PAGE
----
Colonoscopy involves the use of a long, skinny, flexible tube with a TV
camera computer chip at the end to view the inside lining and contours of
the large intestine (the colon and rectum) on a color television screen.
Small doses of sedative medication (not anesthetic agents) are admini-
stered intravenously to achieve a natural sleep-like state called "deep
sedation." While the patient sleeps, the scope is easily passed through the
anus into the rectum and around the entire length of the colon (about four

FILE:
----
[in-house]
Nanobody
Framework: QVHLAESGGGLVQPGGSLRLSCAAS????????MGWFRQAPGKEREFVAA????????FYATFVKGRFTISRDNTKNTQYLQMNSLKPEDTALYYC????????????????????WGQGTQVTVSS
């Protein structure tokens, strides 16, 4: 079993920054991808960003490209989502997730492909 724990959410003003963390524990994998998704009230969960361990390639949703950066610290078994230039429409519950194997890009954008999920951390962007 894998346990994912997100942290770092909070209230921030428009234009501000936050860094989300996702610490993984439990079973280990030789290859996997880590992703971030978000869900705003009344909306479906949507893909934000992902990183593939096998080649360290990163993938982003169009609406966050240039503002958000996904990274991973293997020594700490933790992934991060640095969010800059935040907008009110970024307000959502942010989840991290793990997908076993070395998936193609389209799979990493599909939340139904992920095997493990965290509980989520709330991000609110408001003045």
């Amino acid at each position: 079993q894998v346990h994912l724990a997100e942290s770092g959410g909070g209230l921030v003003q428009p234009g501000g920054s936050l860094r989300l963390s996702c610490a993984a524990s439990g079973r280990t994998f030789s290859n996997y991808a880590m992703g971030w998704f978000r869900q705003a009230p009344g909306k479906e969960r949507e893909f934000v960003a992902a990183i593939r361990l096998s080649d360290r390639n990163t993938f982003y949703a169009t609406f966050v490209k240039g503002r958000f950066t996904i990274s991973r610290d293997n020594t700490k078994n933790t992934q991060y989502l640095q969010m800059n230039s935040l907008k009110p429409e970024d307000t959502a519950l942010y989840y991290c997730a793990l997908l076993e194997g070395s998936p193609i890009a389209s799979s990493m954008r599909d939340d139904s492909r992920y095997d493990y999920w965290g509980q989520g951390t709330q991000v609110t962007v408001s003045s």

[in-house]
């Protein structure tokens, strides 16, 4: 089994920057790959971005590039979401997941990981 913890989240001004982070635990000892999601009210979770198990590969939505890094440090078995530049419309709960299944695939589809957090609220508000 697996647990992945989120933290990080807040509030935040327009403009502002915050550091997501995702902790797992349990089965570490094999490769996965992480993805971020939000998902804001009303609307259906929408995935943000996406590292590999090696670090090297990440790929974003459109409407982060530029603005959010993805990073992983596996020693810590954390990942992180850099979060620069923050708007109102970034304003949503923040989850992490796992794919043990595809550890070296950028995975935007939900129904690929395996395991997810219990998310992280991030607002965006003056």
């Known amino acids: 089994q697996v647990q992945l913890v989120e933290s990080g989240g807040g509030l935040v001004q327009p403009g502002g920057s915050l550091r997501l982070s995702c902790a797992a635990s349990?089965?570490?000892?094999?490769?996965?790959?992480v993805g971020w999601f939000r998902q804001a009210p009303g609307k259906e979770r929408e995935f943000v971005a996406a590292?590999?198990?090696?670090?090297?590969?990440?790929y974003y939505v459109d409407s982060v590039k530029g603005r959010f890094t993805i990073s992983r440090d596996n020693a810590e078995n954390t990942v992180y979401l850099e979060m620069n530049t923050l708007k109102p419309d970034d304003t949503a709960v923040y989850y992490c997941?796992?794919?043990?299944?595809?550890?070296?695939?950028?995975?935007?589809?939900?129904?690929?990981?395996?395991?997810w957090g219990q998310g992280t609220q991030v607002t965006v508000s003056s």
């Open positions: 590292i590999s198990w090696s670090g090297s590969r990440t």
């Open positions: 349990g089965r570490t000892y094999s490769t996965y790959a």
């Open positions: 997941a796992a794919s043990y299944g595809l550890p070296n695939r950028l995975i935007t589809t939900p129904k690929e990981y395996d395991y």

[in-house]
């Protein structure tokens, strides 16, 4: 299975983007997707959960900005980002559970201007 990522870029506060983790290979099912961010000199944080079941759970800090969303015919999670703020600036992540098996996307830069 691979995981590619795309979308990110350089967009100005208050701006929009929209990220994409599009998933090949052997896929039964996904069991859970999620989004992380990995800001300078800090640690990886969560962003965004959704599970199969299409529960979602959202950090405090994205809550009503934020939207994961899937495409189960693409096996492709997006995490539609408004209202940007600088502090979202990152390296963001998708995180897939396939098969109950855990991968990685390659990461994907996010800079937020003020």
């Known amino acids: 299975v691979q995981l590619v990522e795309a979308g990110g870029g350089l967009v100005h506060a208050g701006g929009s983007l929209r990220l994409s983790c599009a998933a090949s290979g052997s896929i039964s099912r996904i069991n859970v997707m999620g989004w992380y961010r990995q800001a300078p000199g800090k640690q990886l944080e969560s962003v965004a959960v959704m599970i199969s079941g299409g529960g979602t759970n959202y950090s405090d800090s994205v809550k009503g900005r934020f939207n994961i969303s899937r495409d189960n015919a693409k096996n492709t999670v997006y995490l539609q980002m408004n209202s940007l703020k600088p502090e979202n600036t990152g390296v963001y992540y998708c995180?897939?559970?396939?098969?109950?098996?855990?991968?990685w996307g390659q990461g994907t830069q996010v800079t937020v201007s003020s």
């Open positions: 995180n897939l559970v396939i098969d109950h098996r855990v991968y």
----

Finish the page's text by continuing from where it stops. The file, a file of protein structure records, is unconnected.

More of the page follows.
to five feet).
Colonoscopy permits the doctor to diagnose a variety of abnormalities
such as colitis, diverticulosis, bleeding, polyps and tumors. When necessary,
the doctor can take biopsy specimens, cauterize bleeding vascular malfor-
mations, remove polyps as well as destroy or debulk tumors with a laser or
the most current state of the art equipment, an Argon Plasma Coagulator.
The procedure is commonly performed in an ambulatory surgicenter
or an out-patient hospital endoscopy suite. A properly performed colon-
oscopy takes twenty to thirty minutes. Once the procedure is completed,
the sedation wears off within a matter of minutes, leaving the patient with
little if any discomfort (from small amounts of residual air in the colon).
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